A week after the attorney for Mallory Beach’s estate called on Parker’s convenience store and its owner Gregory M. Parker Inc. to be held in contempt of court for allegedly providing confidential materials — including a video with Beach family interviews on it and photos of Beach’s dead body — to a documentary filmmaker covering the Murdaugh family, the defendants have filed a response urging the court to deny the motion.
In a filing dated December 7, Parker’s accuses Beach’s attorney — Mark Tinsley of the Gooding and Gooding law firm in Allendale, S.C. — of manipulating the media, misleading the court and “wagging the dog.”
Tinsley “has shown a penchant for placing this case in the public eye and establishing repeated contact with the media,” Parker’s attorneys E. Mitchell Griffith and Kelly D. Dean, of Griffith, Freeman and Liipfert in Beaufort, S.C., wrote in their filing.
Parker’s once again appears to be (unsuccessfully) attempting to intimidate and discredit this outlet and our news director, Mandy Matney — who has been at the forefront of shining a light on this case and other actions involving the powerful Murdaugh family of Hampton, S.C.
The filing falsely claimed Tinsley showed Matney the video in question — which would have meant confidentiality of the video no longer existed.
Were that allegation true …
Additionally, through what appears to be intentionally vague language, the filing attempts to squeeze any last bit of juice out of the appearance of a single quote from Beach’s mother provided to Matney by Tinsley in July 2020 — a quote which appeared in two FITSNews articles.
We’ll talk more about this in a moment. First, some background …
The Murdaughs and Vicky Ward
The filing is the latest exchange in a lengthening list of contentious legal dramas revolving around Hampton County attorney Alex Murdaugh, who is a defendant in the Beach lawsuit along with his elder son, Buster Murdaugh.
The lawsuit was filed shortly after 19-year-old Beach, of Hampton County, was killed in a February 2019 crash in Murdaugh’s boat, which at the time was allegedly driven by Murdaugh’s intoxicated 19-year-old son Paul.
The suit accuses:
- Alex Murdaugh of enabling and encouraging Paul’s drinking and driving
- Buster Murdaugh of providing Paul with a copy of his South Carolina driver’s license to use to purchase alcohol underage
- Parker’s of failing to follow its own corporate policies in its sales transaction with Paul before the crash
As readers are no doubt aware, Paul was murdered this past summer along with his mother. At the time of his death, he was facing three felony boating under the influence charges.
No arrests have been made in his or his mother’s killings … yet.
Last week’s filing comes in response to a motion made on November 30 by Tinsley after a three-minute trailer was posted online promoting a documentary series produced by New York-based reporter Vicky Ward, BlackFin and People.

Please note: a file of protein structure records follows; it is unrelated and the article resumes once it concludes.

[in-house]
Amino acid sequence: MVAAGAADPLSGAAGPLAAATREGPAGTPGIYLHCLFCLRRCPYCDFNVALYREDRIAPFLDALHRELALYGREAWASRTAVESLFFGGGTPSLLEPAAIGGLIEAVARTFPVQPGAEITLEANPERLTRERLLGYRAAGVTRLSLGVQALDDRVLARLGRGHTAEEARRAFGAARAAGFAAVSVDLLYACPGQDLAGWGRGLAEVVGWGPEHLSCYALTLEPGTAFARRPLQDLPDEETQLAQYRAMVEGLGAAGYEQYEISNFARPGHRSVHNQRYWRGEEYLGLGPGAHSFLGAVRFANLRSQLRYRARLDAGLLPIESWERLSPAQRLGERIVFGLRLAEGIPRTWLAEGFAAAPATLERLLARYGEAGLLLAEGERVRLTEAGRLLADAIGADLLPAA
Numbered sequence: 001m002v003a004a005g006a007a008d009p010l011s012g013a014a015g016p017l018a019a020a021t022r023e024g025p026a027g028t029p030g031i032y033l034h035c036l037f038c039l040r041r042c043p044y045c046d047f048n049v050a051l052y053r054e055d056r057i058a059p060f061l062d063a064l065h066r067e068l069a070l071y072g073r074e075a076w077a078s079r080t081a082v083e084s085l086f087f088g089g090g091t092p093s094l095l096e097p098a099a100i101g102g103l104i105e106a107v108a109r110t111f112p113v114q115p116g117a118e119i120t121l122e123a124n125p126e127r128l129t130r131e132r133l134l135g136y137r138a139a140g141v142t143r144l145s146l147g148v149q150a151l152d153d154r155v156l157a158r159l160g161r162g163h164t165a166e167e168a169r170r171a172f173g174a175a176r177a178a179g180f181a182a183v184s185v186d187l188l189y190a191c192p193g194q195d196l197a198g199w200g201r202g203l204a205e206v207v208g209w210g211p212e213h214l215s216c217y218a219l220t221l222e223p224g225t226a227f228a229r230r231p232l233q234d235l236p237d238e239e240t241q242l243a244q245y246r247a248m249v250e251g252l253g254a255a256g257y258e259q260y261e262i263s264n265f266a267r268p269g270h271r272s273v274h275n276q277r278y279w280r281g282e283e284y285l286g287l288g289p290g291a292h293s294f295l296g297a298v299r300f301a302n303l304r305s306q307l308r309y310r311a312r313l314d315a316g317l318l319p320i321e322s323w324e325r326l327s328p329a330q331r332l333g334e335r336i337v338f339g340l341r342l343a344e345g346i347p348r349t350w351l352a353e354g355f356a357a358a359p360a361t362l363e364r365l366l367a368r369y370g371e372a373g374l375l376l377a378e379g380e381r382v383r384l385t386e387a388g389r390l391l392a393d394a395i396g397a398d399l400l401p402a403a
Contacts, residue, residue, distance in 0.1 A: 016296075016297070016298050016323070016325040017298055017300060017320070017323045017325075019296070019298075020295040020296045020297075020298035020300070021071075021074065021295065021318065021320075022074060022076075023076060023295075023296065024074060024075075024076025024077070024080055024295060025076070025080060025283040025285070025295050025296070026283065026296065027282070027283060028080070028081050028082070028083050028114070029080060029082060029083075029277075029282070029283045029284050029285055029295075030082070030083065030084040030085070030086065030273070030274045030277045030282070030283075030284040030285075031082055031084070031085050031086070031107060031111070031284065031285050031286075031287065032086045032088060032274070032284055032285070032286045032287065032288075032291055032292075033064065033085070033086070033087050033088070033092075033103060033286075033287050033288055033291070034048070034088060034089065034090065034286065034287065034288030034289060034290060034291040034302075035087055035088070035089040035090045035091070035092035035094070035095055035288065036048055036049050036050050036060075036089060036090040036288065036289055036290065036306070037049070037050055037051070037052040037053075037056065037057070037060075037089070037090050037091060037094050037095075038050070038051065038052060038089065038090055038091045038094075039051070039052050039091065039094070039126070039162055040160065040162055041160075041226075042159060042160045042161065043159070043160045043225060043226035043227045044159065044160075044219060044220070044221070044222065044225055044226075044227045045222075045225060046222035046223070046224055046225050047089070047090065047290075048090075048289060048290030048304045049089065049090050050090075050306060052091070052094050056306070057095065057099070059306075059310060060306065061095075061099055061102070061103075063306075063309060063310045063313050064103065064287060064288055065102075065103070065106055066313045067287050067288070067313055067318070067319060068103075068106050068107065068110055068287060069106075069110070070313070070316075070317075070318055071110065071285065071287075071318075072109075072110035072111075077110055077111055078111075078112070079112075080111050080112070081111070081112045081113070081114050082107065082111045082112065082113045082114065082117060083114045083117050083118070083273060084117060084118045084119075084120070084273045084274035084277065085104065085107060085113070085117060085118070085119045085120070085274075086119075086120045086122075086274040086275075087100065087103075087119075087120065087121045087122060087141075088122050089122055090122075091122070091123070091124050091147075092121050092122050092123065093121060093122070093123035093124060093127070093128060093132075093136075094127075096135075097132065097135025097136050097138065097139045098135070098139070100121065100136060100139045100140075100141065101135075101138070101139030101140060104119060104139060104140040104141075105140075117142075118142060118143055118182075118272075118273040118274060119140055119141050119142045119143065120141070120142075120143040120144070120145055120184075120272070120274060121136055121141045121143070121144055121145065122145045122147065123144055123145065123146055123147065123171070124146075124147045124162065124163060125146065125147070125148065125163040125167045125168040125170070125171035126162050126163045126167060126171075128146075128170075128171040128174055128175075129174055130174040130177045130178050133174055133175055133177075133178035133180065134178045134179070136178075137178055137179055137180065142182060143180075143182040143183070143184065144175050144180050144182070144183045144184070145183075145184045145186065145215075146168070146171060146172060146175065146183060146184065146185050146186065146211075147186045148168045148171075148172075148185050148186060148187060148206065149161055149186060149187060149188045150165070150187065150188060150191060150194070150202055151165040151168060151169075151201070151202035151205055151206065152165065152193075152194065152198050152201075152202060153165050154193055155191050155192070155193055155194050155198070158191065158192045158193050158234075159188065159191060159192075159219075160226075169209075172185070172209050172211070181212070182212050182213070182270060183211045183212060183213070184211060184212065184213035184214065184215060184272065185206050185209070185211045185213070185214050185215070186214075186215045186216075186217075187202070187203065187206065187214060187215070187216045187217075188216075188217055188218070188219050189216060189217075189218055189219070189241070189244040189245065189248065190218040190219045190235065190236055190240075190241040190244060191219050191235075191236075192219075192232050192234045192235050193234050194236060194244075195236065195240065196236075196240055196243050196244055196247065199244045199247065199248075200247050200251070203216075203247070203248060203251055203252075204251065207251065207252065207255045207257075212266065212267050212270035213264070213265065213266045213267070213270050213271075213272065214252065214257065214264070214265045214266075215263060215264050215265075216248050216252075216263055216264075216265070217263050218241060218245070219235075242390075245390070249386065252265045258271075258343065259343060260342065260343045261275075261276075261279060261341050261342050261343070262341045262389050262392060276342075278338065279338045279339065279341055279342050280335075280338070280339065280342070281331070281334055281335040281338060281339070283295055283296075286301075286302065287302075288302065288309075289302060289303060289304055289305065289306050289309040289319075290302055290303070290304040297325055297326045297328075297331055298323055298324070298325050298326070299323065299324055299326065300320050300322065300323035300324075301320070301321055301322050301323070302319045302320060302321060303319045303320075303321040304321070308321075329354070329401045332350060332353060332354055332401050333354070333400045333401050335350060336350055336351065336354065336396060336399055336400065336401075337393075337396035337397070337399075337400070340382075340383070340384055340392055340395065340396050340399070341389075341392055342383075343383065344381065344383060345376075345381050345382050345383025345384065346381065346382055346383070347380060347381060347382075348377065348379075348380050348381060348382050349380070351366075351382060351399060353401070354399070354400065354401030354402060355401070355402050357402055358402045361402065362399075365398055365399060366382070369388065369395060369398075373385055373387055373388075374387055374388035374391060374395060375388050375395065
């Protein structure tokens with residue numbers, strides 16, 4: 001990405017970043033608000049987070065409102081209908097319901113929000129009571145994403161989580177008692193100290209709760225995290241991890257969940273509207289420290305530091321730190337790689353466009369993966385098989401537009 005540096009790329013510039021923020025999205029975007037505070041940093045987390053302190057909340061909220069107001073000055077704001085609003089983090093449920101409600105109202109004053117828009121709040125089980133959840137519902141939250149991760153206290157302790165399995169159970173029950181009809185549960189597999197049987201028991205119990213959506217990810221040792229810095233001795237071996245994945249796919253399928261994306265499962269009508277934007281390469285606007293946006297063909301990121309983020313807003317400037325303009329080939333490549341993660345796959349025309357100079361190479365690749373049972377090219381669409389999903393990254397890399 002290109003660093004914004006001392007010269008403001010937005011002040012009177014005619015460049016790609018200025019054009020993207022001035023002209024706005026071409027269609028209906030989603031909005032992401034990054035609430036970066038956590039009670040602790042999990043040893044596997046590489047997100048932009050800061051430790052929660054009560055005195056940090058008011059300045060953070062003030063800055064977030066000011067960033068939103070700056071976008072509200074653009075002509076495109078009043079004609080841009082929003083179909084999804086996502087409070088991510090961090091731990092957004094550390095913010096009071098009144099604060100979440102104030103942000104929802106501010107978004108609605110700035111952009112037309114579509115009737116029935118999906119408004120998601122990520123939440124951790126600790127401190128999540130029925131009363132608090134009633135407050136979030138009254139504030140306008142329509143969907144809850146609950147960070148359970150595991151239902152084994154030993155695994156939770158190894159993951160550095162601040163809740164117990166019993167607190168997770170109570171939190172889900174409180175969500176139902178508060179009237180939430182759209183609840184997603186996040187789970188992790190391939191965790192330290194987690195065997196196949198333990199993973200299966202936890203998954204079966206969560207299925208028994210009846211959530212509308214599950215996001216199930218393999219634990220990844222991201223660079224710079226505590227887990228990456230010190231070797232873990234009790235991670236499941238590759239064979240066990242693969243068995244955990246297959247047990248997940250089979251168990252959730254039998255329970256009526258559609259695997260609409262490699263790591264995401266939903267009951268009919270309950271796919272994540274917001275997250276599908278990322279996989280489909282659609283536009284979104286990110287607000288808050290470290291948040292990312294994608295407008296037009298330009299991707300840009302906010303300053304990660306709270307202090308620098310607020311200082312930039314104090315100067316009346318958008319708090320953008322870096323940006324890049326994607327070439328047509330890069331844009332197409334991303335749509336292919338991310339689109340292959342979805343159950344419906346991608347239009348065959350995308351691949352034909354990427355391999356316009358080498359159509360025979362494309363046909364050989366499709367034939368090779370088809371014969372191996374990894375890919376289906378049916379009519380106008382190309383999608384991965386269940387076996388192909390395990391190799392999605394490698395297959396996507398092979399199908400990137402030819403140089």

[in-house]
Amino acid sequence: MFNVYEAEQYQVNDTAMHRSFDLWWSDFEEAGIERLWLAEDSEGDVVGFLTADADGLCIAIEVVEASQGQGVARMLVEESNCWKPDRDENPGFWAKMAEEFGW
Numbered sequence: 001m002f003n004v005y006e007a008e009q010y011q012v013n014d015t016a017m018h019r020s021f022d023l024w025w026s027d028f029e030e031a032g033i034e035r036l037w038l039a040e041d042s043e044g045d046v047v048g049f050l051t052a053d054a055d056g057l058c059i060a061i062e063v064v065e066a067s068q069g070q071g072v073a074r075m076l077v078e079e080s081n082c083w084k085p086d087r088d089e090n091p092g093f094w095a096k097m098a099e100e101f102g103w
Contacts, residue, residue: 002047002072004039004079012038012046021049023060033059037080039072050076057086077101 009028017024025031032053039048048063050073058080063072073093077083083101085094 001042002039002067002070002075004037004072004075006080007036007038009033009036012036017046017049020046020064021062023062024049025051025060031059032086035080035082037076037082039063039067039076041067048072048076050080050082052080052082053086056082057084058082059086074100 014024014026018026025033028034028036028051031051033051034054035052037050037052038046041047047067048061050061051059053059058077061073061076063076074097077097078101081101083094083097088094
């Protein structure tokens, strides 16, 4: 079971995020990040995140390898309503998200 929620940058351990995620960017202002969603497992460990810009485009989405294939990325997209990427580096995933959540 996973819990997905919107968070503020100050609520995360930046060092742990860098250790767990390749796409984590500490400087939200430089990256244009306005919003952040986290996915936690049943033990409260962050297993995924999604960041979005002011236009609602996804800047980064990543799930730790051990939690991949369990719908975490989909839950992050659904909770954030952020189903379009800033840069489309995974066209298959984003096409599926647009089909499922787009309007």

The series purports to “expose everything” about the Murdaugh saga — boasting of “exclusive access to dozens of never before seen videos.”
In early October, Tinsley sought to depose Ward after he said she disclosed to him the source of materials she had obtained from the Beach case. Sometime around September 14, 2021, Tinsley says, Ward admitted to him that she had “purchased portions of what she called ‘the Beach case file’ and that the same came from ‘Parker and his law firm’ of ‘Baker Hostetler‘ but that she felt ‘they were slimy,’ they ‘had an agenda’ and that she ‘has nothing to do with them’ other than she received ‘their stuff.’”
In this motion, Tinsley says he informed Ward at that time of the illegality of her possessing those materials.
The trailer features evidence photos of Beach’s body that were never released to the public, as well as six clips from the confidential video presentation that was shown during the mediation process.
Ward denies telling Tinsley this and denies purchasing any materials related to the case.
Tinsley’s November 30 motion asked the court to issue sanctions against Parker’s, hold them in contempt and to have a hearing on the morning of Dec. 10 in which Parker’s would have to testify under oath that Gregory M. Parker Inc. “along with its responsible representatives” did not facilitate an acquisition of the confidential materials.
The Friday morning hearing was postponed after Tinsley filed a separate lawsuit December 3 on behalf of Beach’s mother, father, stepmother, sister and brother-in-law against Gregory M. Parker, Gregory M. Parker Inc., Parker’s Corporation, Parker’s attorneys Blake Greco and Jason D’Cruz, reporter Vicky Ward, private investigators Matt Fratoddi and Henry Rosado, as well as Bluffton-based Private Investigations Group LLC.
(Click to Listen)
RELATED | CHEER INCORPORATED
Noting that contempt of court is considered an “extreme measure” in South Carolina, Parker’s attorneys make four arguments in their most recent filing as to why the court should deny Tinsley’s November 30 motion:
Argument No. 1: They have no proof.
The Beach motion did not include any sworn statements proving that Parker’s is connected to Ward’s acquisition of the confidential materials, and Tinsley himself cannot serve as a witness to what he says Ward told him, according to the filing.
Parker’s goes on to note that Ward, in a statement made through her attorney, denied purchasing materials, “therefore, the allegations that she purchased portions of ‘the Beach case file’ from ‘Parker and his law firm’ are highly suspect.”
So … because Ward said she didn’t do it, any claim that she did is “highly suspect”? Hmmmm.
Argument No. 2: Gregory M. Parker Inc. and its attorneys didn’t do this.